It is true that we do not receive the teaching of Vatican I concerning the definition of Papal Infallibility and Primacy of Jurisdiction as a dogma of historic Christianity. As conscientious Catholics we do not believe that the this definition can be supported by the previous 1900 years of the historical teaching and tradition of the Catholic Church. The teaching of Vatican I is what is called ultra-montanism, an idea that had been around among some Catholics since the middle ages but never universally accepted by the Catholic faithful. There is another Catholic understanding that is much older and broader than that of the Ultra-Montanists. This majority view is called Conciliarism which is a much stronger tradition historically and is also shared by the various Eastern Orthodox Churches. Conciliarism teaches that the highest authority in the Church is the Ecumenical Council and that even the bishop of Rome, the Pope, is subject to the authority of the Ecumenical Council. As Old Catholics we still see ourselves as members of the same Catholic Church of which the Church of Rome is an important part. We just do not recognize that we are subject to the jurisdiction of the Church at Rome. We see the Roman Church as a local Catholic Church, albeit an important church, that has attempted to impose the extravagant claims of her bishops (popes) upon all the other local Catholic Churches in a vain attempt toward unity through juridical coercion. We are not the only Catholics that have rejected this Ultramontane teaching of the Roman Church. Presently, the majority of Roman Catholics also reject this teaching in practice when they ignore the recent papal teaching of Humane Vitae which forbids the use of artificial contraception in limiting the size of their families. Therefore, as conscientious Catholics we do not recognize Vatican I as a validly convened Ecumenical Council. However, we still see ourselves as a valid part of the Catholic Church in the Western European tradition that we share with Rome, as well as with Canterbury (the Worldwide Anglican Communion). Unlike Vatican I we applaud the teachings of Vatican II and we welcome the teaching and renewal of the Catholic liturgy of Vatican II to be consistent with Conciliarism and a move away from the error of Ultramontanism. Therefore, we are happy to use the liturgical reforms of Vatican II because it reflects a more ancient form of liturgical practice that is in our tradition as well. The Vatican II liturgy is a revival of our common liturgical tradition and is not a “new” liturgy created by the Council. The latest revision of the Roman use of the liturgy is a usurpation of the authority of the Vatican II by the Roman Curia and is being imposed upon the local churches of the English speaking world. This action of Pope Benedict XVI is an attempt at returning to the thinking and practice of Ultramontanism. Therefore, many Old Catholics, and especially the ECC, reject the use of this liturgy. (By the way, not only do we have a great love for Pope Saint John XXIII who convened Vatican II, but we also love Pope Francis for the same reason: they both seem to be Conciliarists as opposed to Popes John Paul II and Benedict XVI who seem to be of the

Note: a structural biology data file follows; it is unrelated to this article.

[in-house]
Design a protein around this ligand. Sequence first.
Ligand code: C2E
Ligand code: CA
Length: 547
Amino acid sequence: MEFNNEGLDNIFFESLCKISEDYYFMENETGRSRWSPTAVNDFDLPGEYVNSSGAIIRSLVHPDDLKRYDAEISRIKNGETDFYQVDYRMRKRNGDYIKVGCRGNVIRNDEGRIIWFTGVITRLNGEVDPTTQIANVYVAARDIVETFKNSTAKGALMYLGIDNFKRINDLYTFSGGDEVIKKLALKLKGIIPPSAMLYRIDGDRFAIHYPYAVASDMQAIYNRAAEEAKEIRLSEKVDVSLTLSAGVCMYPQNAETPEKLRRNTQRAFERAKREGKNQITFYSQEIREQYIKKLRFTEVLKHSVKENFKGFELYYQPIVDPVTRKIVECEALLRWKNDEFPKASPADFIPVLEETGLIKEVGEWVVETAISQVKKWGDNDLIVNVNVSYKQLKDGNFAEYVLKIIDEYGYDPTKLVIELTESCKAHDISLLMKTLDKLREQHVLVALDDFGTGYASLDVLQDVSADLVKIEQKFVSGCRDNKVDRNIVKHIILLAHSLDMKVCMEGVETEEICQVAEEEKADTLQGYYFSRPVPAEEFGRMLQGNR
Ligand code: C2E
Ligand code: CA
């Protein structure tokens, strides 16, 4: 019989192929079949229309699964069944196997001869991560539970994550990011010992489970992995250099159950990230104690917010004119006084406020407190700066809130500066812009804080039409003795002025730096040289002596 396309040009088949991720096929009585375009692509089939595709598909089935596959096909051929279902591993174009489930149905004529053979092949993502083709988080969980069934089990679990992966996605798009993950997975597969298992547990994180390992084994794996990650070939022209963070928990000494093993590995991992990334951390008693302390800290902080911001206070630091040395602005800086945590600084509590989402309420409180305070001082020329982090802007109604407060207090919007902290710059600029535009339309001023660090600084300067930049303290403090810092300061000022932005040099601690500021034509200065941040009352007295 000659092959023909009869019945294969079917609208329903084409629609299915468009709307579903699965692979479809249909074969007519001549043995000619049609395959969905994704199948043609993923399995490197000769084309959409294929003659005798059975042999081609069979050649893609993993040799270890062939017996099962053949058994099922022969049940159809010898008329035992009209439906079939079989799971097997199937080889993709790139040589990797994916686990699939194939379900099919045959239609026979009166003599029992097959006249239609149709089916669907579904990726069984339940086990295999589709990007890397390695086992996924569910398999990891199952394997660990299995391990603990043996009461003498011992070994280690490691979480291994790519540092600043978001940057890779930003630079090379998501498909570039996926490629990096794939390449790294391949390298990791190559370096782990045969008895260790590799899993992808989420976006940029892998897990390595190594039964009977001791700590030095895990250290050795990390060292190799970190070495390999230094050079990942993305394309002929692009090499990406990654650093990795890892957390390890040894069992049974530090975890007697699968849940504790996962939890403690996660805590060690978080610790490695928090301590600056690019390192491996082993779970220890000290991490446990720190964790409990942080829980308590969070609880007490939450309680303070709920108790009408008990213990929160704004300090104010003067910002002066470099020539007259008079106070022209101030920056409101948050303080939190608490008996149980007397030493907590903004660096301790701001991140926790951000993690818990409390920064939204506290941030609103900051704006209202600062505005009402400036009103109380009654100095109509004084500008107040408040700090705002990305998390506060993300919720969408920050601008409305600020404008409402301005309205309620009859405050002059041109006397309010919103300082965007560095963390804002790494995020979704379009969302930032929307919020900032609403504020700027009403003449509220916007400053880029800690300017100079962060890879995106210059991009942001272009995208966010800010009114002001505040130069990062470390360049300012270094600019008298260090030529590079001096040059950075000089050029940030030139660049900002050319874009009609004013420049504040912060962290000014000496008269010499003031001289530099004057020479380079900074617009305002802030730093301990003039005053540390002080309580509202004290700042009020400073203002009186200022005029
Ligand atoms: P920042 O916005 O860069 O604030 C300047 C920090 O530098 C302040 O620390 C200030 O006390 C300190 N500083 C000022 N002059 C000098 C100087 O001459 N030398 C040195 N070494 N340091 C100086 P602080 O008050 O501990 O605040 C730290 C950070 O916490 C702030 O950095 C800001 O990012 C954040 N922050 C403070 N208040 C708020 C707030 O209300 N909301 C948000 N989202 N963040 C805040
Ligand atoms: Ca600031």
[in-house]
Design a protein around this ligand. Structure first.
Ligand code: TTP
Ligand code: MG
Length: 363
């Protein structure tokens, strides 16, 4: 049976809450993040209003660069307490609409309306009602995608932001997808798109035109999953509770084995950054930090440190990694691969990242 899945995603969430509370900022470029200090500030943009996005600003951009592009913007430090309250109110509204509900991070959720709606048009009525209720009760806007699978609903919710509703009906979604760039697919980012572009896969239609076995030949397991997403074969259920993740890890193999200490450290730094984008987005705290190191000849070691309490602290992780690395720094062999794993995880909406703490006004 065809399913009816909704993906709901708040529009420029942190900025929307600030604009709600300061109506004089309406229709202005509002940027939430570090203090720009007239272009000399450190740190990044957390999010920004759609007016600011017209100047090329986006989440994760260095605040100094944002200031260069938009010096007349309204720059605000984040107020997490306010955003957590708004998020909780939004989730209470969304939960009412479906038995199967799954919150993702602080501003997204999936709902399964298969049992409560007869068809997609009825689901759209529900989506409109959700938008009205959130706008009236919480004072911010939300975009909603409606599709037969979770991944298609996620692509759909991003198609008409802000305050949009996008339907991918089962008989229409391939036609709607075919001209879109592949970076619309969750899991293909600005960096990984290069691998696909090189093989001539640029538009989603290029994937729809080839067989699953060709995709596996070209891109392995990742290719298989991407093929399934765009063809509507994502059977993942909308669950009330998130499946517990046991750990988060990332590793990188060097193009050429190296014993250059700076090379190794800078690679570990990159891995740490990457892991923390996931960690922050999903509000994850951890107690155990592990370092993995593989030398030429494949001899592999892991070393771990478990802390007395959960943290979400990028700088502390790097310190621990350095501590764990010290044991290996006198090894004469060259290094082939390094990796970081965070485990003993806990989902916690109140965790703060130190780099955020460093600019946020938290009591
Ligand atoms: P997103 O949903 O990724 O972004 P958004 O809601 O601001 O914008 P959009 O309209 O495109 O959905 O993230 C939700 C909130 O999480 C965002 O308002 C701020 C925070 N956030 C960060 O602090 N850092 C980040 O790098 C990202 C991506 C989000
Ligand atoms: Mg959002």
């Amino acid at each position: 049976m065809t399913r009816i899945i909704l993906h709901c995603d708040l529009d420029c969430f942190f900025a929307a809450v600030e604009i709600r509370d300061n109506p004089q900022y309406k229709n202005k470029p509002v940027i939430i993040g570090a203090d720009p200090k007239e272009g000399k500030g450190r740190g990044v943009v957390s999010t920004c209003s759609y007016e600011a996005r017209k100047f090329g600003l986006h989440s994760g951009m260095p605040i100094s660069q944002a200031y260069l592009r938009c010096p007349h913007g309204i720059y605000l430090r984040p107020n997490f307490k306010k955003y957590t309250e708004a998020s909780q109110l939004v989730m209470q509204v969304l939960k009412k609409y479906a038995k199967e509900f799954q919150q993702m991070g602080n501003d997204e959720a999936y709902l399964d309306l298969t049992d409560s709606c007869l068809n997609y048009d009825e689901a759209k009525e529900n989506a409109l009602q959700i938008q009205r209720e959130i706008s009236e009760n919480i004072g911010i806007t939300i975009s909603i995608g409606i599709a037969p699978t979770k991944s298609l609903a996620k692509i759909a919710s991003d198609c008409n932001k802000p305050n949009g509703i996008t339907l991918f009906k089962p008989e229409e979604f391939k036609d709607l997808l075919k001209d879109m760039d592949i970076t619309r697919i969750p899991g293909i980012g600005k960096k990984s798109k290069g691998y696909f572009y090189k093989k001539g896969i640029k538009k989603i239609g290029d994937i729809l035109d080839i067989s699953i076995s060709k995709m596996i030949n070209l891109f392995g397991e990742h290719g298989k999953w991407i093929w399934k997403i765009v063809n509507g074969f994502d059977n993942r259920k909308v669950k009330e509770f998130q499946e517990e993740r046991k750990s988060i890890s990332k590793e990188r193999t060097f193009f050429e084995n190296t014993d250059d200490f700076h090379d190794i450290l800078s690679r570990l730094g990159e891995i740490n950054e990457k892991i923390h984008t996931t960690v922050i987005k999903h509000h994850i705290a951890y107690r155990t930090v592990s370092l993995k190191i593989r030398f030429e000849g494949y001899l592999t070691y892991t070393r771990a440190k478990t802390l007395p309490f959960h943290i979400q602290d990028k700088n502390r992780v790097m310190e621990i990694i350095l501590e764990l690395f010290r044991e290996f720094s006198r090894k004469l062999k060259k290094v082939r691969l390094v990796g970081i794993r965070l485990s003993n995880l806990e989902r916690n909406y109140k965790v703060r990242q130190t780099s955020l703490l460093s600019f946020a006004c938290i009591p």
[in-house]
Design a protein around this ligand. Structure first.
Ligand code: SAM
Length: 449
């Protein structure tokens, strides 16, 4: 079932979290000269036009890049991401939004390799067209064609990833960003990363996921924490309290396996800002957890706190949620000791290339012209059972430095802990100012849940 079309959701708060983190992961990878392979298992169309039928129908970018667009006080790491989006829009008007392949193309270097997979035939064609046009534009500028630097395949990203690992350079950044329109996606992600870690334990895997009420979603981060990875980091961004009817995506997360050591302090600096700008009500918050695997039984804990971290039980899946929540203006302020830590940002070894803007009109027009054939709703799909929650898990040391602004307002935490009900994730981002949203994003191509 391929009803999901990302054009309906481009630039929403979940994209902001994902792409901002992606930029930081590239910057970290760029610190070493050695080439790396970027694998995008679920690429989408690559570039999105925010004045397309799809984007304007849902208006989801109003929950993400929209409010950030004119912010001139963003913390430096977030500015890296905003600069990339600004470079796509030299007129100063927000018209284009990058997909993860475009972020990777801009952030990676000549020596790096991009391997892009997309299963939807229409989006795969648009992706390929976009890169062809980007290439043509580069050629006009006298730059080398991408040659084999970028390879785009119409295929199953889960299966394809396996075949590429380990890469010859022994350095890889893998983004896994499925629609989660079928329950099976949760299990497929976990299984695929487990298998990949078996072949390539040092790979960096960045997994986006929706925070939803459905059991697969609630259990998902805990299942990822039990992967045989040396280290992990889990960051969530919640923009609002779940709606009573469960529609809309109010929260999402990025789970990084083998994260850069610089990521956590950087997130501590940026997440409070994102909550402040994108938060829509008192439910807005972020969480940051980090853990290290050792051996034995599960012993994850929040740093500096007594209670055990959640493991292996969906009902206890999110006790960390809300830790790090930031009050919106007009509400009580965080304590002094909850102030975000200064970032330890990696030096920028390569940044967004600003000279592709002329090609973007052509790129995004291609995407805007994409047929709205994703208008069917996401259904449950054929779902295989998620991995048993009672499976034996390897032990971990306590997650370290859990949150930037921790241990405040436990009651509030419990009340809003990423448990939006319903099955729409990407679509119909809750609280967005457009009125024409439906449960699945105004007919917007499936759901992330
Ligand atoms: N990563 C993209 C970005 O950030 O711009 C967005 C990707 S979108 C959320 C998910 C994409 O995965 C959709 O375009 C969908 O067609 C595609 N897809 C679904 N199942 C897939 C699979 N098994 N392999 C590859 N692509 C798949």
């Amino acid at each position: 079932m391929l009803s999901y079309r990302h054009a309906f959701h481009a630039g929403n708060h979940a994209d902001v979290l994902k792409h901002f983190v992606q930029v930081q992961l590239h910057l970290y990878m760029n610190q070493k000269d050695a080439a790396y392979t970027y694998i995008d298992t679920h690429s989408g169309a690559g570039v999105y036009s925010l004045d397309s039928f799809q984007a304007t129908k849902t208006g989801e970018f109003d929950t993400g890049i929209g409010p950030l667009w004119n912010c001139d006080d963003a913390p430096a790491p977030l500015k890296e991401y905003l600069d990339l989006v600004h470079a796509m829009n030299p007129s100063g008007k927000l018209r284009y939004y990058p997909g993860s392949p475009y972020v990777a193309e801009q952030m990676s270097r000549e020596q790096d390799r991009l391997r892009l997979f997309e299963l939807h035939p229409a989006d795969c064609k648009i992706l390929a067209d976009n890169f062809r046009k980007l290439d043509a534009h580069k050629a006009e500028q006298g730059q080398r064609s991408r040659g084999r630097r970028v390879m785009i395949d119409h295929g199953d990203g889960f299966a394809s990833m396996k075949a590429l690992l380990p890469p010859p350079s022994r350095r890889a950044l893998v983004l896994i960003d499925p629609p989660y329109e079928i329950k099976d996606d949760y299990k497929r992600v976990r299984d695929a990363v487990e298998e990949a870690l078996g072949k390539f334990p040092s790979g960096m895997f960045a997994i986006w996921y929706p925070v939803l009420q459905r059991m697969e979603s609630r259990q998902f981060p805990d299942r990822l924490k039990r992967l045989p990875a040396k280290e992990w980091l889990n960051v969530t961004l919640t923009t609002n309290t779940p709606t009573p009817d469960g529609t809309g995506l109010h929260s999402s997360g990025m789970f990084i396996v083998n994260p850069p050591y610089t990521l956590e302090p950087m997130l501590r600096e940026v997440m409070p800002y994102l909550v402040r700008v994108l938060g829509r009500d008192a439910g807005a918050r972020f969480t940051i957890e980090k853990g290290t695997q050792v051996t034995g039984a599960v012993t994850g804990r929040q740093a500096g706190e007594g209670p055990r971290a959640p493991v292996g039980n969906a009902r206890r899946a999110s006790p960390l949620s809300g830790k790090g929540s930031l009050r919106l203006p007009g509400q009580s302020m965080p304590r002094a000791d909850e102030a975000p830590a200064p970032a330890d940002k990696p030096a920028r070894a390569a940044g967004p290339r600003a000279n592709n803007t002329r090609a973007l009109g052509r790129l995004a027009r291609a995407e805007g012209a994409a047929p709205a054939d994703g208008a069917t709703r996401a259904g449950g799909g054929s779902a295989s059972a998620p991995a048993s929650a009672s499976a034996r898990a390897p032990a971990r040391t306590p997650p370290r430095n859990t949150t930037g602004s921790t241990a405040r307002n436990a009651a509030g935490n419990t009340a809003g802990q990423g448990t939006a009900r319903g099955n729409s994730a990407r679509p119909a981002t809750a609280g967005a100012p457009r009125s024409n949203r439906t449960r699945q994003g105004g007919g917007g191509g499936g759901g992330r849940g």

Ultramontane party.)